New filtering method promises safer drinking water, improved industrial production


Washington [US]: A team of scientists at the Tufts University School of Engineering has developed a new filtering technology inspired by biology that could help curb a drinking water-related disease that affects tens of millions of people worldwide and potentially improve environmental remediation, industrial and chemical production, and mining, among other processes.

Reporting in the journal Proceedings of the National Academy of Sciences, the researchers demonstrated that their novel polymer membranes can separate fluoride from chloride and other ions – electrically charged atoms — with twice the selectivity reported by other methods. They say the application of the technology could prevent fluoride toxicity in water supplies where the element occurs naturally at levels too high for human consumption.

It is well known that adding fluoride to a water supply can reduce the incidence of tooth decay, including cavities. Less well known is the fact that some groundwater supplies have such high natural levels of fluoride that they can lead to severe health problems.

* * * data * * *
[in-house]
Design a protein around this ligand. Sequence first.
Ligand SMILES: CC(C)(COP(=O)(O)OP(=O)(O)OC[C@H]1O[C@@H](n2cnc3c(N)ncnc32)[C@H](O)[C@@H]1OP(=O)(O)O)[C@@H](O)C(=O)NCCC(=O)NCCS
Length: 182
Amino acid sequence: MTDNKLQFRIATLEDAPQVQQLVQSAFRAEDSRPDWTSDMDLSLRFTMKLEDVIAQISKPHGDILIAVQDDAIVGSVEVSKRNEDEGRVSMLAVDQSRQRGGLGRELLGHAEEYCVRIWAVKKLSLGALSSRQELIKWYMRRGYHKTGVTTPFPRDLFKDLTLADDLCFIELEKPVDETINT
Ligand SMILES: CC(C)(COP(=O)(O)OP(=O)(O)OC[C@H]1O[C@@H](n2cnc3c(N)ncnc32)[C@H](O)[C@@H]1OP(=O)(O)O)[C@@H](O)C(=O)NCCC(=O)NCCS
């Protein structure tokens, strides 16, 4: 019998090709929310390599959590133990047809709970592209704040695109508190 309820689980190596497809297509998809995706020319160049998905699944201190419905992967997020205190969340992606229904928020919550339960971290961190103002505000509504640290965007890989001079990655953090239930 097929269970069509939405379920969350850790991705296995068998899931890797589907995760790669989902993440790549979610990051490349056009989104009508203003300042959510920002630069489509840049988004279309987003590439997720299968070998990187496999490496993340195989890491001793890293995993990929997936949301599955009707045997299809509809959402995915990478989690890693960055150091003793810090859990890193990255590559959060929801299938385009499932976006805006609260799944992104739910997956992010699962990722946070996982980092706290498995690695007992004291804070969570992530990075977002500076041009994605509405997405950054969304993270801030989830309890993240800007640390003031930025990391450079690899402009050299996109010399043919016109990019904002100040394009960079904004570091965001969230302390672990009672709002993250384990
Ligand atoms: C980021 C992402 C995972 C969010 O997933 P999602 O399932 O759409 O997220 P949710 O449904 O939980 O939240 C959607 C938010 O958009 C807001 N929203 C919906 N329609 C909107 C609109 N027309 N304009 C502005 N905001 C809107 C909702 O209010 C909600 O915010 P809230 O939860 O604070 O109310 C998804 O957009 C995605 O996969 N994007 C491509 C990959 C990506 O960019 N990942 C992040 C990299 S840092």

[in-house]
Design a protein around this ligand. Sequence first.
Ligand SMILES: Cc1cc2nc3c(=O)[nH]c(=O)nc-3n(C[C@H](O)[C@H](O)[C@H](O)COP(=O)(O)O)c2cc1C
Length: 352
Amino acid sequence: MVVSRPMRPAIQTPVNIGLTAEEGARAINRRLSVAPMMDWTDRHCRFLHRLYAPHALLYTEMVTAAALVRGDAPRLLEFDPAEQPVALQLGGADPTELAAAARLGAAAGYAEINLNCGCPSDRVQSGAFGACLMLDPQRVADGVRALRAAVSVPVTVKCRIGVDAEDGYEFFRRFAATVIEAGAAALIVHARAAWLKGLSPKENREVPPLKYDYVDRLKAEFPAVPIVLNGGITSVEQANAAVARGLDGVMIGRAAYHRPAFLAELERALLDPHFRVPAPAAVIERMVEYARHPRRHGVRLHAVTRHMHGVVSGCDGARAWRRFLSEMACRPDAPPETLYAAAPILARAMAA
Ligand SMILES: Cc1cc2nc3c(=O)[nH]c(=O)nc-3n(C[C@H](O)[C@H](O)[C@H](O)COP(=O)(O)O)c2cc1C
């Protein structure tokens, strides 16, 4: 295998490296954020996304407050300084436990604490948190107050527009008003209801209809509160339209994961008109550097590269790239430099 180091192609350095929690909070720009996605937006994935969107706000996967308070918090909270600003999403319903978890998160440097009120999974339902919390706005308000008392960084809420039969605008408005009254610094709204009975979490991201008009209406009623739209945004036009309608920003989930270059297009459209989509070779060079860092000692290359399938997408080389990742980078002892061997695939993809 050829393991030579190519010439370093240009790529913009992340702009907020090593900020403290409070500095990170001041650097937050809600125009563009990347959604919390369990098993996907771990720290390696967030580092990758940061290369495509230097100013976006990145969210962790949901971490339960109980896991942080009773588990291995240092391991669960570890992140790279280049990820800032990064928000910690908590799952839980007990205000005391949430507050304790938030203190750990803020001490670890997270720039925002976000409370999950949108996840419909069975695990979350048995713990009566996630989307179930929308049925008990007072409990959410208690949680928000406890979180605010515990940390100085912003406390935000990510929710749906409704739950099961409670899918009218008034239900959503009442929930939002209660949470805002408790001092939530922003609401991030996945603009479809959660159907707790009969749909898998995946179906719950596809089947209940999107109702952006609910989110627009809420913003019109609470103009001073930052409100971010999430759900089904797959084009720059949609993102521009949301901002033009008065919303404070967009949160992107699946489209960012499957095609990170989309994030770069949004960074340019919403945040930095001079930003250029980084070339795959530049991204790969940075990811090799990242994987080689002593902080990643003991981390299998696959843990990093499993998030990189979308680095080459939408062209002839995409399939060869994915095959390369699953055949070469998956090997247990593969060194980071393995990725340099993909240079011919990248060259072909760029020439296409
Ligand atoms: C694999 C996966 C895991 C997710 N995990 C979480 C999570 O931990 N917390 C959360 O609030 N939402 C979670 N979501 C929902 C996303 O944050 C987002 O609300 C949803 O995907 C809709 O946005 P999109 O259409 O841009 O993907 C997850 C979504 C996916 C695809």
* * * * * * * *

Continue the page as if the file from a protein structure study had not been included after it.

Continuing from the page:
Prolonged exposure to excess fluoride can cause fluorosis, a condition that can actually weaken the teeth, calcify tendons and ligaments, and lead to bone deformities. The World Health Organization estimates that excessive fluoride concentrations in drinking water have caused tens of millions of dental and skeletal fluorosis cases worldwide.

The ability to remove fluoride with a relatively inexpensive filtering membrane could protect communities from fluorosis without requiring the use of high-pressure filtration or having to completely remove all components and then re-mineralize the drinking water.

“The potential for ion-selective membranes to reduce excess fluoride in drinking water supplies is very encouraging,” said Ayse Asatekin, associate professor of chemical and biological engineering in the School of Engineering.

“But the technology’s potential usefulness extends beyond drinking water to other challenges. The method we used to manufacture the membranes is easy to scale up for industrial applications. And because the implementation as a filter can also be relatively simple, low cost, and environmentally sustainable, it could have wide applications to improving agricultural water supplies, cleaning up chemical waste, and improving chemical production,” Ayse added. (ANI)